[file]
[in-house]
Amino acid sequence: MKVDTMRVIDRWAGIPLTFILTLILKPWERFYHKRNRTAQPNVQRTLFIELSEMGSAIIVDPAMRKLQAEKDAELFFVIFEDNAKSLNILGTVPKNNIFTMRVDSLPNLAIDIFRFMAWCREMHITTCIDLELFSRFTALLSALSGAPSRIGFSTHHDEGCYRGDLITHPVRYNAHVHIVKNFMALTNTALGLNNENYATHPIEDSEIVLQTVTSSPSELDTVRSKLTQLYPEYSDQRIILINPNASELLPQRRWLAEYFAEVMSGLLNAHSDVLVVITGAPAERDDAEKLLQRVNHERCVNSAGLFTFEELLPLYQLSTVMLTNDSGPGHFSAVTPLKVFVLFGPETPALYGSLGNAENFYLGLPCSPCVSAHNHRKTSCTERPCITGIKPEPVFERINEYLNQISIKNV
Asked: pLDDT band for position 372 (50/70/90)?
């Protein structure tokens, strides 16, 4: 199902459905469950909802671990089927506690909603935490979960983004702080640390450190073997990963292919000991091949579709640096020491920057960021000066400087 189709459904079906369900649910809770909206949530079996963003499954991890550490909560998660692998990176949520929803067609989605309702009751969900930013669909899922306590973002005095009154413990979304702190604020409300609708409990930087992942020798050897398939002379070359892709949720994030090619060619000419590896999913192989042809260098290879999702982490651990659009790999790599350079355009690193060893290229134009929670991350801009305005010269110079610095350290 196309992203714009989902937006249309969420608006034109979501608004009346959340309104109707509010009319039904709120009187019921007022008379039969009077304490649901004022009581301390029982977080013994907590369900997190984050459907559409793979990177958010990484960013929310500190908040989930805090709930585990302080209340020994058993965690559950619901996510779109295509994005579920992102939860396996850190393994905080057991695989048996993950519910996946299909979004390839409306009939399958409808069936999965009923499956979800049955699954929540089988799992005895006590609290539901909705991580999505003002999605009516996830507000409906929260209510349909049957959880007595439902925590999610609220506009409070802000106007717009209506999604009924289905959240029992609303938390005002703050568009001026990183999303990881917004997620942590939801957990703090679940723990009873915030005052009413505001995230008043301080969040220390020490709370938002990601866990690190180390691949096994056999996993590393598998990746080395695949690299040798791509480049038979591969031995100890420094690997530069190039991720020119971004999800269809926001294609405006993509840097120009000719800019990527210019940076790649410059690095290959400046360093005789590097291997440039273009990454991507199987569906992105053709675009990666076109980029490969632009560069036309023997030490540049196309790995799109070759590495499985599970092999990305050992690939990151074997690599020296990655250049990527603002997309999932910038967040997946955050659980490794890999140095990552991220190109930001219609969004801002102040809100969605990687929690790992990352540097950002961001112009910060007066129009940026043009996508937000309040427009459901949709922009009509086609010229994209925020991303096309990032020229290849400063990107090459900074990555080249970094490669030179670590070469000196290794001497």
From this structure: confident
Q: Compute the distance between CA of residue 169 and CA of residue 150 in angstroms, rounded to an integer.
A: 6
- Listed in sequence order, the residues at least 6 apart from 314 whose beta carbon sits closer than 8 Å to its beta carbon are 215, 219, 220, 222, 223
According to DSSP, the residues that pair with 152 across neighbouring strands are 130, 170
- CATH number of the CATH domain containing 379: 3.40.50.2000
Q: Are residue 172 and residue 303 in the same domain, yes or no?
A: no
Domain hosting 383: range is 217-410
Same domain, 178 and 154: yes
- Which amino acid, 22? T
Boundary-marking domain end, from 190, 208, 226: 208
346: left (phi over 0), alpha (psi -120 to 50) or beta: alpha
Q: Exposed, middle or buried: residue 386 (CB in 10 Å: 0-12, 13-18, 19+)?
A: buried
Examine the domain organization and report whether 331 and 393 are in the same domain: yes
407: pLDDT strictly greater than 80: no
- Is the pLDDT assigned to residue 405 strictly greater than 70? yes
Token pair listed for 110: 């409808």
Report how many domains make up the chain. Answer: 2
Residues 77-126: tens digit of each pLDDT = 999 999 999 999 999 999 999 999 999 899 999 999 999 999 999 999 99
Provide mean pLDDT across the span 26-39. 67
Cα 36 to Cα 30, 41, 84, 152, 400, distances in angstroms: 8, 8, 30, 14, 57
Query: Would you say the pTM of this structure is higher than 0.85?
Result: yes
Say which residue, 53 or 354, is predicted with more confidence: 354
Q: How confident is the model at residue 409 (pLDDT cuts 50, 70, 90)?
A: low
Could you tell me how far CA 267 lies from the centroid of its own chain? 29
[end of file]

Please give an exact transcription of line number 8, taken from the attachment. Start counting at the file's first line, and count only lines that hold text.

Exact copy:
- Listed in sequence order, the residues at least 6 apart from 314 whose beta carbon sits closer than 8 Å to its beta carbon are 215, 219, 220, 222, 223